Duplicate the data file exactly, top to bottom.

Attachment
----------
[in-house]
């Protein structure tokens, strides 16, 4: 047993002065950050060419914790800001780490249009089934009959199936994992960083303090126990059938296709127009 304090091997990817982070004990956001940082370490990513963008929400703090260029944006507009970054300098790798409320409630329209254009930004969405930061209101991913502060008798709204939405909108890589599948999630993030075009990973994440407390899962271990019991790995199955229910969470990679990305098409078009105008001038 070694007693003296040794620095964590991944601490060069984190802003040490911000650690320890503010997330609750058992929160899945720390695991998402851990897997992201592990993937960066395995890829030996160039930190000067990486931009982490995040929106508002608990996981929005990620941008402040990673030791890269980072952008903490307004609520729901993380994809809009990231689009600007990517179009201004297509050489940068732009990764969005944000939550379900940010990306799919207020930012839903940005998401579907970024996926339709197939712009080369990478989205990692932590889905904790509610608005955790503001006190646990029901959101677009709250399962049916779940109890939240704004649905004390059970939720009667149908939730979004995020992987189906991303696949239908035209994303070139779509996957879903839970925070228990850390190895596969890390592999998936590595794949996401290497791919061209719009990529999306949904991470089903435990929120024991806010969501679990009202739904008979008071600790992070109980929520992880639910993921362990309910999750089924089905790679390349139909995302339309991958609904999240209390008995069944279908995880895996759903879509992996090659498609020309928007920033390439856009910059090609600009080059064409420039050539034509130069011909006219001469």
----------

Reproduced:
[in-house]
């Protein structure tokens, strides 16, 4: 047993002065950050060419914790800001780490249009089934009959199936994992960083303090126990059938296709127009 304090091997990817982070004990956001940082370490990513963008929400703090260029944006507009970054300098790798409320409630329209254009930004969405930061209101991913502060008798709204939405909108890589599948999630993030075009990973994440407390899962271990019991790995199955229910969470990679990305098409078009105008001038 070694007693003296040794620095964590991944601490060069984190802003040490911000650690320890503010997330609750058992929160899945720390695991998402851990897997992201592990993937960066395995890829030996160039930190000067990486931009982490995040929106508002608990996981929005990620941008402040990673030791890269980072952008903490307004609520729901993380994809809009990231689009600007990517179009201004297509050489940068732009990764969005944000939550379900940010990306799919207020930012839903940005998401579907970024996926339709197939712009080369990478989205990692932590889905904790509610608005955790503001006190646990029901959101677009709250399962049916779940109890939240704004649905004390059970939720009667149908939730979004995020992987189906991303696949239908035209994303070139779509996957879903839970925070228990850390190895596969890390592999998936590595794949996401290497791919061209719009990529999306949904991470089903435990929120024991806010969501679990009202739904008979008071600790992070109980929520992880639910993921362990309910999750089924089905790679390349139909995302339309991958609904999240209390008995069944279908995880895996759903879509992996090659498609020309928007920033390439856009910059090609600009080059064409420039050539034509130069011909006219001469």